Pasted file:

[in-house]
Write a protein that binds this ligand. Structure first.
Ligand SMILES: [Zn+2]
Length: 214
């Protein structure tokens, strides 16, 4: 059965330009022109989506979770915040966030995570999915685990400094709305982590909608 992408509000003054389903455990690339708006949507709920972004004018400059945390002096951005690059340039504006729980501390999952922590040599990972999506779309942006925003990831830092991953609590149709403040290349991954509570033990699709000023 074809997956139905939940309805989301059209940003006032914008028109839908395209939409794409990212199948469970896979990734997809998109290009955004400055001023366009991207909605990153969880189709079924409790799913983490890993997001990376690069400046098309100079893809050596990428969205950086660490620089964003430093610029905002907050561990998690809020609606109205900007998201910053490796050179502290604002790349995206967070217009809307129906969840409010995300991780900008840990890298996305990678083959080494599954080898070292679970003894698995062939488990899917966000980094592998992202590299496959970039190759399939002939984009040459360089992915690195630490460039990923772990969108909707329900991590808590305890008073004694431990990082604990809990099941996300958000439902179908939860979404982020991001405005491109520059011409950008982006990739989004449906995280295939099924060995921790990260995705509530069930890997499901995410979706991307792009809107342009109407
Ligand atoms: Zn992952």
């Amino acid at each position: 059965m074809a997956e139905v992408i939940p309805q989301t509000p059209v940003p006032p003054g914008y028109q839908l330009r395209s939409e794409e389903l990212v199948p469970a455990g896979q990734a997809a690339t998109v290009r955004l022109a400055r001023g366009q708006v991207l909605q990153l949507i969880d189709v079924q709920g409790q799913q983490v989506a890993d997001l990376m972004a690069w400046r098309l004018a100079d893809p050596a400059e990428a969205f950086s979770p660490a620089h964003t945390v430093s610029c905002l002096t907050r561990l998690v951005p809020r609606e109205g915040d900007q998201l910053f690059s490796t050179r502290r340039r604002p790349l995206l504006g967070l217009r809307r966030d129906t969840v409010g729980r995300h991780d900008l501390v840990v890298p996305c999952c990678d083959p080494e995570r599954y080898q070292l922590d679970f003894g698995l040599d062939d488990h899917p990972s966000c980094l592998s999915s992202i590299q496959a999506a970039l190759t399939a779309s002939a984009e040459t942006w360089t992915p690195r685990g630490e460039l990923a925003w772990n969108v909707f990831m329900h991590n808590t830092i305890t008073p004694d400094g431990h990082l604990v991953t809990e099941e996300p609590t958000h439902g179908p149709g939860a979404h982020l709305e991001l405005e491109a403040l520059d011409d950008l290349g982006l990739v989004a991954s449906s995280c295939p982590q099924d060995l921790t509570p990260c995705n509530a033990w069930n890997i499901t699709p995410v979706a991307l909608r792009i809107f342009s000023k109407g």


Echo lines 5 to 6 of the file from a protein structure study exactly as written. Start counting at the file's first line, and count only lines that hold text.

């Protein structure tokens, strides 16, 4: 059965330009022109989506979770915040966030995570999915685990400094709305982590909608 992408509000003054389903455990690339708006949507709920972004004018400059945390002096951005690059340039504006729980501390999952922590040599990972999506779309942006925003990831830092991953609590149709403040290349991954509570033990699709000023 074809997956139905939940309805989301059209940003006032914008028109839908395209939409794409990212199948469970896979990734997809998109290009955004400055001023366009991207909605990153969880189709079924409790799913983490890993997001990376690069400046098309100079893809050596990428969205950086660490620089964003430093610029905002907050561990998690809020609606109205900007998201910053490796050179502290604002790349995206967070217009809307129906969840409010995300991780900008840990890298996305990678083959080494599954080898070292679970003894698995062939488990899917966000980094592998992202590299496959970039190759399939002939984009040459360089992915690195630490460039990923772990969108909707329900991590808590305890008073004694431990990082604990809990099941996300958000439902179908939860979404982020991001405005491109520059011409950008982006990739989004449906995280295939099924060995921790990260995705509530069930890997499901995410979706991307792009809107342009109407
Ligand atoms: Zn992952």